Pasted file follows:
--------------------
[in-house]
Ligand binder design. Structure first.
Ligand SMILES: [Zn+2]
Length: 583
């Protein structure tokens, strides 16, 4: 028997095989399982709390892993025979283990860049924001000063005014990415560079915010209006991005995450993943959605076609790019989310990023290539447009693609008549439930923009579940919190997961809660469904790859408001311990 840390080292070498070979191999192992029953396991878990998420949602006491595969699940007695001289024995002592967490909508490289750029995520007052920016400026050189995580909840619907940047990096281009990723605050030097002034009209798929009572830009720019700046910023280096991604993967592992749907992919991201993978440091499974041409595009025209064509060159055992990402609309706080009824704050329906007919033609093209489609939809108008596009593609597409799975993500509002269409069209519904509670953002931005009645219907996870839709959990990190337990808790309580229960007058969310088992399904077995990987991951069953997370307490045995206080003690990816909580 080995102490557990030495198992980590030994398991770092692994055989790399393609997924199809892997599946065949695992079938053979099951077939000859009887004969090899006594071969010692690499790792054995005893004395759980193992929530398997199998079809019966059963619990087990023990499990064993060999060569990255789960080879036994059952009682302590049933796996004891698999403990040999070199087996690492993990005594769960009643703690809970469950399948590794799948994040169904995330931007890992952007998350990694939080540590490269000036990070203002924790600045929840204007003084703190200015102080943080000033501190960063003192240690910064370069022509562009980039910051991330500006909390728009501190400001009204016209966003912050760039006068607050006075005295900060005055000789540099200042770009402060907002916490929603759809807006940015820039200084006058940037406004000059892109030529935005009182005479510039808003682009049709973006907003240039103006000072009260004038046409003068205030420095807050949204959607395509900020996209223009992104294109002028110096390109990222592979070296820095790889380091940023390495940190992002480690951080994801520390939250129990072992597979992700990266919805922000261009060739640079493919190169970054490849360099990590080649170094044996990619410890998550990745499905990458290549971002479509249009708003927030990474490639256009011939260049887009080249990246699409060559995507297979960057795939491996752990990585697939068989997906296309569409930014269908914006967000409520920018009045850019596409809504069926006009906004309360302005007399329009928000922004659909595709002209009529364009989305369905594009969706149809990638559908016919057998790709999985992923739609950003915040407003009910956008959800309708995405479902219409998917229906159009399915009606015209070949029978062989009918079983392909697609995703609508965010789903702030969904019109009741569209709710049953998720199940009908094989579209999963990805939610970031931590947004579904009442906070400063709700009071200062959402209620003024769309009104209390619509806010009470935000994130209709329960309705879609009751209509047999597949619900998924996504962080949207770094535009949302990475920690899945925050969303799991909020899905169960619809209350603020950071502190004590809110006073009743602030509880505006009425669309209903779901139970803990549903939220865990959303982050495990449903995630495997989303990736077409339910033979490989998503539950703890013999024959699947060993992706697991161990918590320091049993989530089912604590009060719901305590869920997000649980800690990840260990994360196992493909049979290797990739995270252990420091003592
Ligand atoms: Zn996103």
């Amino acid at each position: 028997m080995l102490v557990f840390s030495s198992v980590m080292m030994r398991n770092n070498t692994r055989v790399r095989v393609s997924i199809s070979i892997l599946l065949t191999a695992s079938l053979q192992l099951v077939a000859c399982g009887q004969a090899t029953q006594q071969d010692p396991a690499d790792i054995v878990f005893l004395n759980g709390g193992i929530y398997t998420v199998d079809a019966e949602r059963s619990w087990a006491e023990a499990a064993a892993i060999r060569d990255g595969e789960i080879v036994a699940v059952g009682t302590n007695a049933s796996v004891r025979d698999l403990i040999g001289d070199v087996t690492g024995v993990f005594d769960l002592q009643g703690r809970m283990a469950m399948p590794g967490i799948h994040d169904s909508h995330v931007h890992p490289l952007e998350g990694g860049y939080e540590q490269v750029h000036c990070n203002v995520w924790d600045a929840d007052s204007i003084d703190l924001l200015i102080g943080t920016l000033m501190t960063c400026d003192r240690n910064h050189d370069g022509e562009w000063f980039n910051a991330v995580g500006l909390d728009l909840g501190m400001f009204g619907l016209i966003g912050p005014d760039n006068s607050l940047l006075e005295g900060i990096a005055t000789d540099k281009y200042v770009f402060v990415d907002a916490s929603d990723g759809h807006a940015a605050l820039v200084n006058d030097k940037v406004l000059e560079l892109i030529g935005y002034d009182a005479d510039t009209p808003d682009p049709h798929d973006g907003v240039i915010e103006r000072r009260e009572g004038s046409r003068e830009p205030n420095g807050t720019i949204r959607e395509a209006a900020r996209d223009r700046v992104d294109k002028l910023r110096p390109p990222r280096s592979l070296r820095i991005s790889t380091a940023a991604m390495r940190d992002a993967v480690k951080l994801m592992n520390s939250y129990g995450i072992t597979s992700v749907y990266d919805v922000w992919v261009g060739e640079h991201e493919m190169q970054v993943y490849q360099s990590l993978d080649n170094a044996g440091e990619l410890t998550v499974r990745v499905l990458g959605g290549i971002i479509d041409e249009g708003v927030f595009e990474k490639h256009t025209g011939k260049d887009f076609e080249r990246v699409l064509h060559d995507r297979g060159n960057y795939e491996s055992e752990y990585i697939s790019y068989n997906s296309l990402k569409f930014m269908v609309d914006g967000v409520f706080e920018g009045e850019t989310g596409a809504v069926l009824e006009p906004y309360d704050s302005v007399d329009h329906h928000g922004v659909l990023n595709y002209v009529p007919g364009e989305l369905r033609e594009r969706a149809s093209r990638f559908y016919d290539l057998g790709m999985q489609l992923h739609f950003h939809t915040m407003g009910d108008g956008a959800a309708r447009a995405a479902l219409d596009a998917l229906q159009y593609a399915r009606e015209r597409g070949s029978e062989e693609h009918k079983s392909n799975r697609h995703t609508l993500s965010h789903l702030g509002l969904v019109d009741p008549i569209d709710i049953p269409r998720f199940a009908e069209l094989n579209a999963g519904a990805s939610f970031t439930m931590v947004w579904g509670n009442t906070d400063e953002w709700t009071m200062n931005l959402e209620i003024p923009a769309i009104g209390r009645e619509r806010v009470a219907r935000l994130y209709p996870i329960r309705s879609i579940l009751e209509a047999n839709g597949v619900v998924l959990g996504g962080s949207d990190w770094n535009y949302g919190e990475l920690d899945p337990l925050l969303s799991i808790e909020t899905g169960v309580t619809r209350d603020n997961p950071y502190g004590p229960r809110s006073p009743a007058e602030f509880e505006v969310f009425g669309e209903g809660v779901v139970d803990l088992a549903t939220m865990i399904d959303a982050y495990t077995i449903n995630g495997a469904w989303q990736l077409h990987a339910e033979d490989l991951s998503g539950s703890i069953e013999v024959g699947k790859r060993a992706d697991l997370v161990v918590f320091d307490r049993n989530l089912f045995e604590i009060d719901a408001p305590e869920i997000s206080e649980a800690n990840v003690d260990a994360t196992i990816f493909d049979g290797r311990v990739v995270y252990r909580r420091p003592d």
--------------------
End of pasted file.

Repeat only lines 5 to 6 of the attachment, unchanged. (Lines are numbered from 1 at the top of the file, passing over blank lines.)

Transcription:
């Protein structure tokens, strides 16, 4: 028997095989399982709390892993025979283990860049924001000063005014990415560079915010209006991005995450993943959605076609790019989310990023290539447009693609008549439930923009579940919190997961809660469904790859408001311990 840390080292070498070979191999192992029953396991878990998420949602006491595969699940007695001289024995002592967490909508490289750029995520007052920016400026050189995580909840619907940047990096281009990723605050030097002034009209798929009572830009720019700046910023280096991604993967592992749907992919991201993978440091499974041409595009025209064509060159055992990402609309706080009824704050329906007919033609093209489609939809108008596009593609597409799975993500509002269409069209519904509670953002931005009645219907996870839709959990990190337990808790309580229960007058969310088992399904077995990987991951069953997370307490045995206080003690990816909580 080995102490557990030495198992980590030994398991770092692994055989790399393609997924199809892997599946065949695992079938053979099951077939000859009887004969090899006594071969010692690499790792054995005893004395759980193992929530398997199998079809019966059963619990087990023990499990064993060999060569990255789960080879036994059952009682302590049933796996004891698999403990040999070199087996690492993990005594769960009643703690809970469950399948590794799948994040169904995330931007890992952007998350990694939080540590490269000036990070203002924790600045929840204007003084703190200015102080943080000033501190960063003192240690910064370069022509562009980039910051991330500006909390728009501190400001009204016209966003912050760039006068607050006075005295900060005055000789540099200042770009402060907002916490929603759809807006940015820039200084006058940037406004000059892109030529935005009182005479510039808003682009049709973006907003240039103006000072009260004038046409003068205030420095807050949204959607395509900020996209223009992104294109002028110096390109990222592979070296820095790889380091940023390495940190992002480690951080994801520390939250129990072992597979992700990266919805922000261009060739640079493919190169970054490849360099990590080649170094044996990619410890998550990745499905990458290549971002479509249009708003927030990474490639256009011939260049887009080249990246699409060559995507297979960057795939491996752990990585697939068989997906296309569409930014269908914006967000409520920018009045850019596409809504069926006009906004309360302005007399329009928000922004659909595709002209009529364009989305369905594009969706149809990638559908016919057998790709999985992923739609950003915040407003009910956008959800309708995405479902219409998917229906159009399915009606015209070949029978062989009918079983392909697609995703609508965010789903702030969904019109009741569209709710049953998720199940009908094989579209999963990805939610970031931590947004579904009442906070400063709700009071200062959402209620003024769309009104209390619509806010009470935000994130209709329960309705879609009751209509047999597949619900998924996504962080949207770094535009949302990475920690899945925050969303799991909020899905169960619809209350603020950071502190004590809110006073009743602030509880505006009425669309209903779901139970803990549903939220865990959303982050495990449903995630495997989303990736077409339910033979490989998503539950703890013999024959699947060993992706697991161990918590320091049993989530089912604590009060719901305590869920997000649980800690990840260990994360196992493909049979290797990739995270252990420091003592
Ligand atoms: Zn996103």